5 Things You Should Know About Carpark Investing


Investment is a common tool for many of us to beat inflation. There are many types of investment available to us nowadays.

The traditional way of investing is to buy properties or stocks.

In recent times, we see an increasing trend of alternate investments such as fine wine, fine arts, agricultural (Hydropnics), land banking and carpark.

[image credits: commons.wikimedia.org]

[image credits: commons.wikimedia.org]

In this article, we will mainly talk about carpark investing.

Here are 5 things you should know about it:

1) How Does It Work?

Car park investments are becoming very popular in the UK, and gradually to other parts of the world, as an alternative investment.

Investors purchase a block of property in a car park – called “car park spaces.” The investor then leases the space out to a tenant for a specified period of time. The tenant is almost always a property management company of some kind.

The property management company turns around and sub-leases the car parking space to customers on an annual basis.

The minimum capital outlay for a carpark investment is  generally £25,000 for a 6-year lease. Investors can expect a return that ranges from 8% to 10%.

2) It Is An Unregulated Investment Product.

Unlike stock investing, Investment-linked insurance policies or bonds. Car Park investments are not regulated by the Monetary of Singapore (MAS).

As the investment is not regulated, investors that have any complaints or grievances against the investment will not be afforded any protection under the regulatory framework administered by MAS especially if the operators are based overseas.

If he has a complaint against an unregulated entity, he will also not be able to approach the Financial Industry Disputes Resolution Centre (FIDReC) for assistance.

Investors are left alone to take up legal cases with the company themselves which some cannot afford.

3) What Are The Risks Involved?

Carpark spaces seem to be an asset class as it is considered a property and deem a low risk type of investment. However, all investments carry a certain degree of risks.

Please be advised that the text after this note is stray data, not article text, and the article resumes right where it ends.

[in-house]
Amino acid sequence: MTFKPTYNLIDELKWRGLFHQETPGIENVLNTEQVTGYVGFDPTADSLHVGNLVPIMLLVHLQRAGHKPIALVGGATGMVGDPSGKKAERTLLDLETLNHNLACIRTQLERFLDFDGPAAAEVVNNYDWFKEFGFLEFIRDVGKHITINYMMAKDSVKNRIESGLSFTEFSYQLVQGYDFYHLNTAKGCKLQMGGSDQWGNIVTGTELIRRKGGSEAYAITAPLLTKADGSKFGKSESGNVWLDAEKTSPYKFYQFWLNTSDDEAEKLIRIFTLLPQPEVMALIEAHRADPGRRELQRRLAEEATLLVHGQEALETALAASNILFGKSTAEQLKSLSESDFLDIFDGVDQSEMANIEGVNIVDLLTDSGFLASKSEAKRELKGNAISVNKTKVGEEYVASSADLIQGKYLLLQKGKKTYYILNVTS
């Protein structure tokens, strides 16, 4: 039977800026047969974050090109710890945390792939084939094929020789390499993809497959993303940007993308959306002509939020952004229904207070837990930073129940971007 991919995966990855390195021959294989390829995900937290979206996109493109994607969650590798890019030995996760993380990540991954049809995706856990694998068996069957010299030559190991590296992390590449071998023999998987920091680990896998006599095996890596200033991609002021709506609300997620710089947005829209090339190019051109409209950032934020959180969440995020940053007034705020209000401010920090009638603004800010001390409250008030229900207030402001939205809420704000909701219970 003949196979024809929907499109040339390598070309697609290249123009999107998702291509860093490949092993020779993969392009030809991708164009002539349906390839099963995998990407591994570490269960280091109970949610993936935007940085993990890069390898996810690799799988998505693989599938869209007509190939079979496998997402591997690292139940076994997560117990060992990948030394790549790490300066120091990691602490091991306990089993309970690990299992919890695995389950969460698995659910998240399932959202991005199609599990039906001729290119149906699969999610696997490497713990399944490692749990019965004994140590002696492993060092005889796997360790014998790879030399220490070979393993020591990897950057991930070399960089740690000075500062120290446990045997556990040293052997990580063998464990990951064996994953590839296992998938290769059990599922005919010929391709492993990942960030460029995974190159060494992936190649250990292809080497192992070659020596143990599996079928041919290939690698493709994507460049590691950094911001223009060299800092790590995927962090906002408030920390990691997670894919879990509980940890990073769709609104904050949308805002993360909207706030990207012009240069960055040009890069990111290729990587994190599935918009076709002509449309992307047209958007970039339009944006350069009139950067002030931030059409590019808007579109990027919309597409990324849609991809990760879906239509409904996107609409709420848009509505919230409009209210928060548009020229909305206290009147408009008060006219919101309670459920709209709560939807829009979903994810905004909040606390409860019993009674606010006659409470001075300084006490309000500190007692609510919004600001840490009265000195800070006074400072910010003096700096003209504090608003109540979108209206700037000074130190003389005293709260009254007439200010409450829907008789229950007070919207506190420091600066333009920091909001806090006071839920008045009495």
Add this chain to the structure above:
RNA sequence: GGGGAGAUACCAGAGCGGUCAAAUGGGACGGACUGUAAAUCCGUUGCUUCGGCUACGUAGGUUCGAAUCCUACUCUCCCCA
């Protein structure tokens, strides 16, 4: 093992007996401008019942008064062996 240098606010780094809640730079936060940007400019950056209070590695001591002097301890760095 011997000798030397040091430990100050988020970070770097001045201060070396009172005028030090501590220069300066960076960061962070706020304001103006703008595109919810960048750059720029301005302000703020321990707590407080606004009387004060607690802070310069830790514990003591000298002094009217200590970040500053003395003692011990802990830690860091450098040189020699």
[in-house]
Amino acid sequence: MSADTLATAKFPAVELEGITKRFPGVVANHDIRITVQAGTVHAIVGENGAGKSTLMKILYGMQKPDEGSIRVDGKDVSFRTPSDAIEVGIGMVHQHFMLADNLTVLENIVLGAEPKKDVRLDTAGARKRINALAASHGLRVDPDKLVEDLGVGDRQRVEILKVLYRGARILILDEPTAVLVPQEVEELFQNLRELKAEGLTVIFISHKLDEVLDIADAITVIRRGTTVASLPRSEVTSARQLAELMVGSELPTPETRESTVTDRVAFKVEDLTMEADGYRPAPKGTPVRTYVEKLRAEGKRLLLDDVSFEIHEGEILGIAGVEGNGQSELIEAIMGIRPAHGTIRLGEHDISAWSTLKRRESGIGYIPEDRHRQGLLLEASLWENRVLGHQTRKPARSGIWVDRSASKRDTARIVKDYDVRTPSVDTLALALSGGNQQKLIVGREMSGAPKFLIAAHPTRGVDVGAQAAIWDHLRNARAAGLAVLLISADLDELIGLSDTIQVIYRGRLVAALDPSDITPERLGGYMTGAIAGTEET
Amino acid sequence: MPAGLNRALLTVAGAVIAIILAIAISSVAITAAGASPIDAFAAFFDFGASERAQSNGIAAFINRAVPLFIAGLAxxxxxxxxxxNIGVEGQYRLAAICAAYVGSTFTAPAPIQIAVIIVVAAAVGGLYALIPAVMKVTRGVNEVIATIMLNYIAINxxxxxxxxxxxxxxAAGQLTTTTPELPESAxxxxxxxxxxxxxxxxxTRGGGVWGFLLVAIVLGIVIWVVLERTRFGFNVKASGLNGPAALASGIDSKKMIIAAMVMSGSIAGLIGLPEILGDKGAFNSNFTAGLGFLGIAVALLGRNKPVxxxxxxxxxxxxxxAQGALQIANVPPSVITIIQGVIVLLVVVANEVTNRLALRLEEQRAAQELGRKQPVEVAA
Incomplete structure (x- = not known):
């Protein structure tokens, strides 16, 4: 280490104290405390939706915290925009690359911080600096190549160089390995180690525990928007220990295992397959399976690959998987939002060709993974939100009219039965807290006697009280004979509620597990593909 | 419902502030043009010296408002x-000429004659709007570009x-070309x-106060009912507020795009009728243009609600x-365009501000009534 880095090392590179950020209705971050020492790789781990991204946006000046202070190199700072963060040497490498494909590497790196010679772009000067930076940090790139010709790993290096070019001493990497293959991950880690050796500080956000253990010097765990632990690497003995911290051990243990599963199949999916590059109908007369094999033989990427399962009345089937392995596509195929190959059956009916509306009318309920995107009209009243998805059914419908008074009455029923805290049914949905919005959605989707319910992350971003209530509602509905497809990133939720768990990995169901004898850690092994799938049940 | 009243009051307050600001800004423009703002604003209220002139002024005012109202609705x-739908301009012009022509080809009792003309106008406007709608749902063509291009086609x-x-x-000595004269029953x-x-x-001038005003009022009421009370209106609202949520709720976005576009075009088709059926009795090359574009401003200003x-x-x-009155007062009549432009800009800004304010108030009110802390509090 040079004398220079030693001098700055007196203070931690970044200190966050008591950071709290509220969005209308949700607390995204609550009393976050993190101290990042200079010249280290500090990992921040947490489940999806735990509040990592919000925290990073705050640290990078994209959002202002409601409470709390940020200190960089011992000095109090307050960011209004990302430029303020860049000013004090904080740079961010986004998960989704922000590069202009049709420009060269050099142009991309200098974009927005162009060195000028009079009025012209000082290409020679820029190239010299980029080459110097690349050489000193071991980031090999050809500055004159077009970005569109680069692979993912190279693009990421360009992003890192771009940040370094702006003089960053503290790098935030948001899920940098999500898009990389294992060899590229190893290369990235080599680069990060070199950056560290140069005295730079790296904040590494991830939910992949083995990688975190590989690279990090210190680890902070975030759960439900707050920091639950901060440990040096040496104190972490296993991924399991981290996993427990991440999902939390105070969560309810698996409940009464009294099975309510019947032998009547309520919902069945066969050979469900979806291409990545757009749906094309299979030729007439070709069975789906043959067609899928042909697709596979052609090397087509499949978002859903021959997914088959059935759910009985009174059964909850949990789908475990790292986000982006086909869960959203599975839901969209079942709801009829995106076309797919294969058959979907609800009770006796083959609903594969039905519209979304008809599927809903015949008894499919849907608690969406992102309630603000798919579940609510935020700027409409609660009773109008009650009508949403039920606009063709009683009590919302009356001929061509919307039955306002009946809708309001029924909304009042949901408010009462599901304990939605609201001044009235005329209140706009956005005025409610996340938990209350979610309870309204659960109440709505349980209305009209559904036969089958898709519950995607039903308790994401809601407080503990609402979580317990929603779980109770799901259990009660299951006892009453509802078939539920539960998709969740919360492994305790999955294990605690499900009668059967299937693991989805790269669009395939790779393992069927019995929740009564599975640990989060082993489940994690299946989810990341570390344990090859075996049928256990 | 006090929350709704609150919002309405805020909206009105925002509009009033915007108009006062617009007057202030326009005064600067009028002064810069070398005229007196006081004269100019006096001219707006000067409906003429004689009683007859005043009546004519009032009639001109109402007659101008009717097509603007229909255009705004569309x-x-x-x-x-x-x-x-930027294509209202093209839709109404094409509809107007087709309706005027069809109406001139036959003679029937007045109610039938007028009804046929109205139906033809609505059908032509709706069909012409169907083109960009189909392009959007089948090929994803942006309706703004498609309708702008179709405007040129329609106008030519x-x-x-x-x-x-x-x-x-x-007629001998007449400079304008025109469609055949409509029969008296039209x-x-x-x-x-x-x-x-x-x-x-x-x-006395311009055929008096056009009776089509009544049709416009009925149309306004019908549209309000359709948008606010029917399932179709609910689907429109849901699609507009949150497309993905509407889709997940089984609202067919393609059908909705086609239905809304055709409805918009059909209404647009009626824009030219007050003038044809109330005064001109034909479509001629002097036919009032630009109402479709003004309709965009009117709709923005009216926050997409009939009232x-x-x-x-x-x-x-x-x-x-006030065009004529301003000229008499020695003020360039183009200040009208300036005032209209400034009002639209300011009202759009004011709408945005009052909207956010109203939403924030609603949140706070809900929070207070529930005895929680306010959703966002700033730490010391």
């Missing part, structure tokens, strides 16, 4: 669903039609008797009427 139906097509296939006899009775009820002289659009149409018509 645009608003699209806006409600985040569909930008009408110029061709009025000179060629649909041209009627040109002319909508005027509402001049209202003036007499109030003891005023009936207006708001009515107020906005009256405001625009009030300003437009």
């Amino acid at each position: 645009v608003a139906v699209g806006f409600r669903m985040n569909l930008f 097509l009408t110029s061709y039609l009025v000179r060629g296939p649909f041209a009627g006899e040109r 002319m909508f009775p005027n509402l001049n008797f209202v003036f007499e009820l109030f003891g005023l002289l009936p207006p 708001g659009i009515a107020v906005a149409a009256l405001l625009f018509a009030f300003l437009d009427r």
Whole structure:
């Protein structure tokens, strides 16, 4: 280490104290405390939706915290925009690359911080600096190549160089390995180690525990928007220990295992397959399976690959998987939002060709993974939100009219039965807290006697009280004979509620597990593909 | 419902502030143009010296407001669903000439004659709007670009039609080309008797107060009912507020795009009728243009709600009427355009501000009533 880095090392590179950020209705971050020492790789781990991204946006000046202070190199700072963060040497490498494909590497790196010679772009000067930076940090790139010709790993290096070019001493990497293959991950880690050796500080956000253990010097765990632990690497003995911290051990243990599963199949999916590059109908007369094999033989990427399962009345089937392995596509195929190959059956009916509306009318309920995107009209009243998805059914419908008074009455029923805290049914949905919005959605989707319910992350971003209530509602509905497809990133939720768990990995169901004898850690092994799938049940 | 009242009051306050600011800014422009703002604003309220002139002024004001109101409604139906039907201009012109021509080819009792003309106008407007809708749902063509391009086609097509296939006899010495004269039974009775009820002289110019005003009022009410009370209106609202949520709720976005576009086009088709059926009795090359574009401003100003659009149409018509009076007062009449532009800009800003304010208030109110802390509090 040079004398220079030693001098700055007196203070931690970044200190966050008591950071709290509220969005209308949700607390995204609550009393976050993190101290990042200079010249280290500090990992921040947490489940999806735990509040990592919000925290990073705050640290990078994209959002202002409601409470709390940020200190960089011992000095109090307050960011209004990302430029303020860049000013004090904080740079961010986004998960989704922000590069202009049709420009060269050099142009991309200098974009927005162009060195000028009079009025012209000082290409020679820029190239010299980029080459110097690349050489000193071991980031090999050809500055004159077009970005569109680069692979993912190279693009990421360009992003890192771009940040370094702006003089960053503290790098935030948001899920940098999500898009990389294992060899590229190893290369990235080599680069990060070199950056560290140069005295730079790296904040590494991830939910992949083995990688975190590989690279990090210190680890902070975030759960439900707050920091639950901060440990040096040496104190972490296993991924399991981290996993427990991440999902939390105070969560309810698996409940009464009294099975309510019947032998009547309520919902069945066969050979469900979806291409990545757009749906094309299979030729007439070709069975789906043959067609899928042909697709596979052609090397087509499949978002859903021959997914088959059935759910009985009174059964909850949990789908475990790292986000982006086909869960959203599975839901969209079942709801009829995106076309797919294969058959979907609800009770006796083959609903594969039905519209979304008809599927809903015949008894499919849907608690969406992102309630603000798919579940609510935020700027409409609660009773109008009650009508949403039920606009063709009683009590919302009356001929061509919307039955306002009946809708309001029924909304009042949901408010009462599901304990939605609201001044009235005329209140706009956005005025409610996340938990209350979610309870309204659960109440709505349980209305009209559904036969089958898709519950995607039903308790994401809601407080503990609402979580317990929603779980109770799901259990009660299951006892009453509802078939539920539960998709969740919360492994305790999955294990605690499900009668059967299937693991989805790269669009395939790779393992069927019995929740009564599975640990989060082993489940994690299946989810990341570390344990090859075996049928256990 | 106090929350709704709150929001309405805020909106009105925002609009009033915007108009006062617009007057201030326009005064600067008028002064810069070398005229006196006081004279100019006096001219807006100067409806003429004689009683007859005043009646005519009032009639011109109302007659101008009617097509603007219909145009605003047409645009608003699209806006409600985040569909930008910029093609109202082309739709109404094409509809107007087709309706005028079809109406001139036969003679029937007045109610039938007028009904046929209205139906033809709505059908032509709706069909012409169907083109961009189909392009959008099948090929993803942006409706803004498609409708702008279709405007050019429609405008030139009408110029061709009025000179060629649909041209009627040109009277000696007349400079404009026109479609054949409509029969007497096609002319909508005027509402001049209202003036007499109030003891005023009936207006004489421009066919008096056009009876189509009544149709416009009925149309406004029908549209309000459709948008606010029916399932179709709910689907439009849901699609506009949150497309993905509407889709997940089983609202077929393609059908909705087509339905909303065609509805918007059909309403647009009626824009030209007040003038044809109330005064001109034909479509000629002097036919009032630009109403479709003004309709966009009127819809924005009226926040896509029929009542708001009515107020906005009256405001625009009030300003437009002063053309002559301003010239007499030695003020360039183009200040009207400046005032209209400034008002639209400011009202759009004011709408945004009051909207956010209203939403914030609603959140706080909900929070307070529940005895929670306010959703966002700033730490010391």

Let us take a look at 3 potential risks involved when investing in a carpark space.

  • Currency Risk

[image credits: www.pixabay.com]

[image credits: www.pixabay.com]

Any drastic fluctuation in the British sterling pounds will either result in higher returns or more losses.

  • Operator Risk

[image credits: www.metroparking.com.sg]

[image credits: www.metroparking.com.sg]

Investors need to consider the company’s experience and whether the operator or not the operator is signed up to a Code of Practice such as the British Parking Association’s Approved Operator Scheme.

This provides assurance that the operator will not participate in questionable activities – such as clamping and towing away on private land where there is no lawful authority to do so, a practice which was banned in the UK in 2012.

  • Economic Risk

[image credits: www.financeandcareer.com]

[image credits: www.financeandcareer.com]

Economic uncertainties such as higher than normal unemployment rates, decreased consumer confidence and increased taxes which will lower the disposable income of households. This will have the potential to lead car users to seek to reduce their parking costs.

  • Regulation Risk

Government regulation such as the imposition of congestion charging in large inner city areas and initiatives to reduce parking demand by local authorities such as park and ride schemes also have the potential to shift carpark demand from certain areas.

4) Decreased Investment Yield

[image credits: www.ulatus.com]

[image credits: www.ulatus.com]

There is no guarantee in the investment yield as any return will be dependent on parking.

Any drops in demand for parking are also likely to have the undesired effect of reduction in occupancy and thereby a decrease in the yield from the investment.

5) Exit

[image credits: www.launchablemag.com]

[image credits: www.launchablemag.com]

The exit in retail parking space investments is generally for the investor to sell their asset on the open market. However, property assets are often illiquid in that it is unlikely that a parking space could be instantly sold to generate cash.

Investors can make use of websites to assist them with the buying and selling of retail car park spaces and some commercial real estate agents deal in the sale of car parks.

In conclusion, the investment market for car park spaces is presently very young and will take time for it to become mainstream.

 

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Ming Shao Koh

After losing $30,000 in alternative investments, I became a strong advocate of financial education and self-development programs. I spend my free time outside my job creating multiple streams of income through stocks investing, affiliate marketing and book writing. I would like to share my knowledge and insights on investing, personal finance and self-development with you.



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